England Sack Coach Chris Silverwood After Ashes Failure
Chris Silverwood's departure came a day after Ashley Giles, who appointed him in 2019, was sacked from his role of England managing director men's cricket.
- Coach Chris Silverwood paid the price for England's woeful Ashes defeat
- Silverwood's departure came a day after Ashley Giles was also sacked
- Giles was appointed as England managing director men's cricket in 2019
England coach Chris Silverwood paid the price for the team's woeful Ashes series loss in Australia by leaving his post on Thursday, the England and Wales Cricket Board announced. Silverwood's departure came a day after Ashley Giles, who appointed him in 2019, was sacked from his role of England managing director men's cricket. England's 4-0 reverse in Australia means they have now won just one of their last 14 Tests, albeit Silverwood's tenure coincided with the coronavirus pandemic.
Former England captain Andrew Strauss has replaced Giles on a temporary basis and will oversee the appointment of an interim coach for the tour of the West Indies in March "in the coming days", according to ECB chief executive Tom Harrison.
Harrison said Silverwood had given "absolutely everything" to make a success of the job, pointing to Test series wins in South Africa and Sri Lanka, and that he was a man of "great integrity".
"He has led the England men's team with great resilience and empathy through an incredibly challenging period for English cricket, and he deserves our sincere thanks and gratitude," insisted Harrison.
Former England left-arm spinner Giles received fresh criticism during the Ashes for giving Silverwood sole authority to pick the side after being behind the sacking of national selector Ed Smith.
Silverwood, having been involved in a controversial rest and rotation policy during series losses away to India and at home to New Zealand in 2021, found himself under fire again following several bizarre selection decisions in Australia.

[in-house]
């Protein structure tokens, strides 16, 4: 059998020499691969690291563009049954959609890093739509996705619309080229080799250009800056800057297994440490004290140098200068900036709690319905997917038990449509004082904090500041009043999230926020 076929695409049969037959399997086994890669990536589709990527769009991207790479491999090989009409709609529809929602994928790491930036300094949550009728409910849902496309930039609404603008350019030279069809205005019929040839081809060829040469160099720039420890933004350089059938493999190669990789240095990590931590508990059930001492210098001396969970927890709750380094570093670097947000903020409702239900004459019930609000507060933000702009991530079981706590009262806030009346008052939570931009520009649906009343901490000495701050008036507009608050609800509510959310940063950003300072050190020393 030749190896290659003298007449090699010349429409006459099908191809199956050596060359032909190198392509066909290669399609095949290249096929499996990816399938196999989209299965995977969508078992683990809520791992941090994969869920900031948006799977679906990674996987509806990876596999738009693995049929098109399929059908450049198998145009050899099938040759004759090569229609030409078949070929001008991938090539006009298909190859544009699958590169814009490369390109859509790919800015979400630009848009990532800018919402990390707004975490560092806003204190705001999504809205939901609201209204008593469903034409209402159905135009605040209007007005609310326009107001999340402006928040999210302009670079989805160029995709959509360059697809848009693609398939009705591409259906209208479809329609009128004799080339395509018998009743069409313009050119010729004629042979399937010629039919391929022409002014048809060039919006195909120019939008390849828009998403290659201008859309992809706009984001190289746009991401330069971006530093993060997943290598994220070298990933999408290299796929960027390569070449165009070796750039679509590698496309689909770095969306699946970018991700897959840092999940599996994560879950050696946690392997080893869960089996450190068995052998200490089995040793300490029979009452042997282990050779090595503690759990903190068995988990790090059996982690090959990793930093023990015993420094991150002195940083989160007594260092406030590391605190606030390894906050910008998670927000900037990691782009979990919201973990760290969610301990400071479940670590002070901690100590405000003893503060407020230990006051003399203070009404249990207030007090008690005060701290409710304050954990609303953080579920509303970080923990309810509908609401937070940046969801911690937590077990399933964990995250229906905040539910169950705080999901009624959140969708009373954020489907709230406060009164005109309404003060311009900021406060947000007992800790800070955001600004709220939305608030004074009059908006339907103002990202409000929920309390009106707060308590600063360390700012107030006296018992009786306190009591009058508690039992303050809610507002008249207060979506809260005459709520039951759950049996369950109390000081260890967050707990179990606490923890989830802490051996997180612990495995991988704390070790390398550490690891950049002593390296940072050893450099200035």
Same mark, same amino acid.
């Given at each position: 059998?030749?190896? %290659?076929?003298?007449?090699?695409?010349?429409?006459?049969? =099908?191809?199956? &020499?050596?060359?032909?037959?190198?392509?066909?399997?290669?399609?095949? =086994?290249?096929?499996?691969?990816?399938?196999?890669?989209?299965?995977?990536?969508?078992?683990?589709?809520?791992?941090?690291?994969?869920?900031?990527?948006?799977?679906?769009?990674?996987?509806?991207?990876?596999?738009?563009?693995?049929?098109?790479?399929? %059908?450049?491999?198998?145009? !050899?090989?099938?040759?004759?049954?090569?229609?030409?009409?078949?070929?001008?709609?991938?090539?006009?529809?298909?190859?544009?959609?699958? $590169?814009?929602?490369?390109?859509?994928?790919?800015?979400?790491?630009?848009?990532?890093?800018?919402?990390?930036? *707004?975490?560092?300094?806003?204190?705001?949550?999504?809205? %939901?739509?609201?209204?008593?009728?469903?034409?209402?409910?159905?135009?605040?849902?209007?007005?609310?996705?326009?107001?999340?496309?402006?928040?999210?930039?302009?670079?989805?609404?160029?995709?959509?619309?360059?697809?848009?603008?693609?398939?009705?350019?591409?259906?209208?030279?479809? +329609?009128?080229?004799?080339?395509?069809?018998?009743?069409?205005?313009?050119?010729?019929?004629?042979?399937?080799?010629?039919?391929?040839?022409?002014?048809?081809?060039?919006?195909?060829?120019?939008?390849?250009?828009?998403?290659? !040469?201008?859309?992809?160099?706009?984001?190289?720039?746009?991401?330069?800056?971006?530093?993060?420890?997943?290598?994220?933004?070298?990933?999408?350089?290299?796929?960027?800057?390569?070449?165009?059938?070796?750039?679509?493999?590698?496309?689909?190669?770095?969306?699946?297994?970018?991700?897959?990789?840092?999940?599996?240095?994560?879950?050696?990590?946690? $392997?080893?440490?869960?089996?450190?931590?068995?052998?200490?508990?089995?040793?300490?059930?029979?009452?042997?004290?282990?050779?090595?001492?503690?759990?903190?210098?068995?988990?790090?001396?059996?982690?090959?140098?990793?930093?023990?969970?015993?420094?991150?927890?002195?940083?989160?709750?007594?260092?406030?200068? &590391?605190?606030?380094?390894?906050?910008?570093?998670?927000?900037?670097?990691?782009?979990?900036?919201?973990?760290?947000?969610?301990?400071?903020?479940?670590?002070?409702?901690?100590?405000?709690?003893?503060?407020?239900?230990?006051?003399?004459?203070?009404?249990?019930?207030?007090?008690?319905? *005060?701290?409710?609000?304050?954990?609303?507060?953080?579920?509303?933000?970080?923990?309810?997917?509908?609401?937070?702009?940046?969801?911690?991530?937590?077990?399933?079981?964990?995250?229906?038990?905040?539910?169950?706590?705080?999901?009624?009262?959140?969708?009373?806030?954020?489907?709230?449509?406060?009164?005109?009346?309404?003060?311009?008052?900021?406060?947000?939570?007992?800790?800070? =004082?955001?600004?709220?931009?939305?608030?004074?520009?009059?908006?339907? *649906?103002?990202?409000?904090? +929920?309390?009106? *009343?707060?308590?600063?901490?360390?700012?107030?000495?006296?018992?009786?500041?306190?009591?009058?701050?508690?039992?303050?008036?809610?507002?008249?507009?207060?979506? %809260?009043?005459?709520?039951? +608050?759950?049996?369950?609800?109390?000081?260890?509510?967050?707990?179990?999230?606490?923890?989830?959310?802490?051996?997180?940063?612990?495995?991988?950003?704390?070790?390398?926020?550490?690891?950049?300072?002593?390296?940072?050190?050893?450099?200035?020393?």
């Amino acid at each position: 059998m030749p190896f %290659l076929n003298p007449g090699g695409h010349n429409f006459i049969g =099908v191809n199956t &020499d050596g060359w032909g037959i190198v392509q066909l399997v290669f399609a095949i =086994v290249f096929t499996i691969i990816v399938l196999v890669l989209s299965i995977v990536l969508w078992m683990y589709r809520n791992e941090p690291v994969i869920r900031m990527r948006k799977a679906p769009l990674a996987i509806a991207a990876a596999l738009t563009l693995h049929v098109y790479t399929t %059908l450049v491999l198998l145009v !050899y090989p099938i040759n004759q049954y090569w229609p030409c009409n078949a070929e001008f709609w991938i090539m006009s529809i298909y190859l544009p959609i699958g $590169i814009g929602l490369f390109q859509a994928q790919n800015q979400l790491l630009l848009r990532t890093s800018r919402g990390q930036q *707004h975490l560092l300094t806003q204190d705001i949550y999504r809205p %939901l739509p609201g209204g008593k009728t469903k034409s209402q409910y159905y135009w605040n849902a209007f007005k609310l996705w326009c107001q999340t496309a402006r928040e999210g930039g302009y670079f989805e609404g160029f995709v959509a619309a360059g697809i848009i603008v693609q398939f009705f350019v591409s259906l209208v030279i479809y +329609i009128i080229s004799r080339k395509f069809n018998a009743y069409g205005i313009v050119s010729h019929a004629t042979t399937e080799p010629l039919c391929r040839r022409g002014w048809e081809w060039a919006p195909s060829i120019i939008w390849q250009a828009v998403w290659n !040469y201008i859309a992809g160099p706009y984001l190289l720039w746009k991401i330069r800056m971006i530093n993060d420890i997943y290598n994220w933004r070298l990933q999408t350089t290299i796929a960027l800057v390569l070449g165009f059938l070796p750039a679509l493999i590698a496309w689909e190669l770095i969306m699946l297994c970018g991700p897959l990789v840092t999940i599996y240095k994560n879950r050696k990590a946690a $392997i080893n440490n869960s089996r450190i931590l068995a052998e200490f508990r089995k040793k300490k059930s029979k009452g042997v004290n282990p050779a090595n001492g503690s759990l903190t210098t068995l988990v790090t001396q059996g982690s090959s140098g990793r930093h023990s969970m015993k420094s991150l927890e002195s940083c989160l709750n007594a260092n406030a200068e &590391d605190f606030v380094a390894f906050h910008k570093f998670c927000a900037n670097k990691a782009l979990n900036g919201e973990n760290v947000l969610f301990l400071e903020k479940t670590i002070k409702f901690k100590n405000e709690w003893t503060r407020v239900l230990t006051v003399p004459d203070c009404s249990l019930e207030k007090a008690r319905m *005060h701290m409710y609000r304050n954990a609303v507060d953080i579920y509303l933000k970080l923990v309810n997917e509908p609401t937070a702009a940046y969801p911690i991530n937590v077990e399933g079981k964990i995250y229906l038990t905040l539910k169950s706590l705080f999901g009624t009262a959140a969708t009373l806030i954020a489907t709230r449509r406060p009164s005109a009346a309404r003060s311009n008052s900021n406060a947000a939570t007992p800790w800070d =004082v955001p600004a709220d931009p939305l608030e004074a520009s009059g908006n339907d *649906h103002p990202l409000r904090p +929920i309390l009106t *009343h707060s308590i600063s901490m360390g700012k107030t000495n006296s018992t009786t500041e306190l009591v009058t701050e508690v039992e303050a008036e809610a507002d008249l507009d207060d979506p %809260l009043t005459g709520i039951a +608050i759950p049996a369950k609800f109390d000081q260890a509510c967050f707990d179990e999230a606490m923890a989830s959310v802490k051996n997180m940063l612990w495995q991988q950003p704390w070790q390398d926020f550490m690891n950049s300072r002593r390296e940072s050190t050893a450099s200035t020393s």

For all the strain of a gruelling schedule and 'bubble' cricket, it was hard to explain, for example, why England dropped James Anderson and Stuart Broad, their two most successful Test bowlers of all time, from the series opener in Brisbane.
England were 3-0 down in a five-match series within 12 days of cricket, making a mockery of Silverwood's remark that the "Ashes are a marathon not a sprint".
They only avoided a whitewash with a draw in the fourth Test when Silverwood was in Covid-enforced isolation.
The 46-year-old former Test paceman joined England's backroom staff in 2018 as a bowling coach before succeeding Trevor Bayliss as head coach after a drawn home Ashes series the following year.
Silverwood was tasked with improving England's Test record after their white-ball form had improved so spectacularly under Australian coach Bayliss that Eoin Morgan's men won the 50-over World Cup three years ago.
But not even the runs of England star batsman Joe Root, who appears set to remain as Test captain, could prevent a succession of damaging collapses.
"It's been an absolute honour to be England head coach and I'm extremely proud to have worked alongside our players and staff," said Silverwood in the ECB statement.
"The last two years have been very demanding but I have really enjoyed my time with the team. I am very proud of this group considering the challenges."
Among those touted as possible successors to Silverwood are Gary Kirsten, a former South Africa opener who has coached both the Proteas and India, and Alec Stewart, an ex-England captain who has overseen the development of several members of the current Test side at Surrey.
Australia great Ricky Ponting has also been linked with the job.
And while both the managing director and head coach have now left, Harrison -- under fire for both presiding over the current set-up and the ECB's response to a racism scandal sparked by revelations from former Yorkshire spinner Azeem Rafiq -- remains in his position.
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